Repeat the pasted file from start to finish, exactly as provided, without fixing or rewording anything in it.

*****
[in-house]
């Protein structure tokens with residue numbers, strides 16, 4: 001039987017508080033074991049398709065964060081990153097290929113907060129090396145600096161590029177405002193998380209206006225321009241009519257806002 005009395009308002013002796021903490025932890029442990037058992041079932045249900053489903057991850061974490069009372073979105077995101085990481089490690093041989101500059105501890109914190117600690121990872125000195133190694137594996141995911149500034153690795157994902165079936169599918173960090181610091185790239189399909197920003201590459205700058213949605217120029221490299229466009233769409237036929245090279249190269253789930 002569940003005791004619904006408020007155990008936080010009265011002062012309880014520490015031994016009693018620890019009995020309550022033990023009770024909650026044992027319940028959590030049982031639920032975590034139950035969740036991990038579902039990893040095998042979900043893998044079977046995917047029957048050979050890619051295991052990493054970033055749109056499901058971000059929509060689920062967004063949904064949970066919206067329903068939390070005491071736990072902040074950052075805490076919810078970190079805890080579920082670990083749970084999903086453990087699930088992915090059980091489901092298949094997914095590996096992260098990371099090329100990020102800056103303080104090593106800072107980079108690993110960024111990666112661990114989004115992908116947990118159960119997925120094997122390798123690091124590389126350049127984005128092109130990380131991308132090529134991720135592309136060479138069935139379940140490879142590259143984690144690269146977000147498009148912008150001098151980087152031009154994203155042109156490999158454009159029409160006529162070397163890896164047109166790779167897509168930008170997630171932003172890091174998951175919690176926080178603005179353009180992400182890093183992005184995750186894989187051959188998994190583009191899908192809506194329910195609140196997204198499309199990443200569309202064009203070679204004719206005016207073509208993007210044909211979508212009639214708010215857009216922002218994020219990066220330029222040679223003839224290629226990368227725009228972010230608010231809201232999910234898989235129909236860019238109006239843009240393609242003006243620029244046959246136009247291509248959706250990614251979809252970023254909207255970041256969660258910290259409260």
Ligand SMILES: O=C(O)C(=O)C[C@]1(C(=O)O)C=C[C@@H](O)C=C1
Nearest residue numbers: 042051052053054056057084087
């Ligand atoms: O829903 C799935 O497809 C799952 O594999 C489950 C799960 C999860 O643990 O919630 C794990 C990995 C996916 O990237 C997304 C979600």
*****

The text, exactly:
[in-house]
């Protein structure tokens with residue numbers, strides 16, 4: 001039987017508080033074991049398709065964060081990153097290929113907060129090396145600096161590029177405002193998380209206006225321009241009519257806002 005009395009308002013002796021903490025932890029442990037058992041079932045249900053489903057991850061974490069009372073979105077995101085990481089490690093041989101500059105501890109914190117600690121990872125000195133190694137594996141995911149500034153690795157994902165079936169599918173960090181610091185790239189399909197920003201590459205700058213949605217120029221490299229466009233769409237036929245090279249190269253789930 002569940003005791004619904006408020007155990008936080010009265011002062012309880014520490015031994016009693018620890019009995020309550022033990023009770024909650026044992027319940028959590030049982031639920032975590034139950035969740036991990038579902039990893040095998042979900043893998044079977046995917047029957048050979050890619051295991052990493054970033055749109056499901058971000059929509060689920062967004063949904064949970066919206067329903068939390070005491071736990072902040074950052075805490076919810078970190079805890080579920082670990083749970084999903086453990087699930088992915090059980091489901092298949094997914095590996096992260098990371099090329100990020102800056103303080104090593106800072107980079108690993110960024111990666112661990114989004115992908116947990118159960119997925120094997122390798123690091124590389126350049127984005128092109130990380131991308132090529134991720135592309136060479138069935139379940140490879142590259143984690144690269146977000147498009148912008150001098151980087152031009154994203155042109156490999158454009159029409160006529162070397163890896164047109166790779167897509168930008170997630171932003172890091174998951175919690176926080178603005179353009180992400182890093183992005184995750186894989187051959188998994190583009191899908192809506194329910195609140196997204198499309199990443200569309202064009203070679204004719206005016207073509208993007210044909211979508212009639214708010215857009216922002218994020219990066220330029222040679223003839224290629226990368227725009228972010230608010231809201232999910234898989235129909236860019238109006239843009240393609242003006243620029244046959246136009247291509248959706250990614251979809252970023254909207255970041256969660258910290259409260």
Ligand SMILES: O=C(O)C(=O)C[C@]1(C(=O)O)C=C[C@@H](O)C=C1
Nearest residue numbers: 042051052053054056057084087
């Ligand atoms: O829903 C799935 O497809 C799952 O594999 C489950 C799960 C999860 O643990 O919630 C794990 C990995 C996916 O990237 C997304 C979600």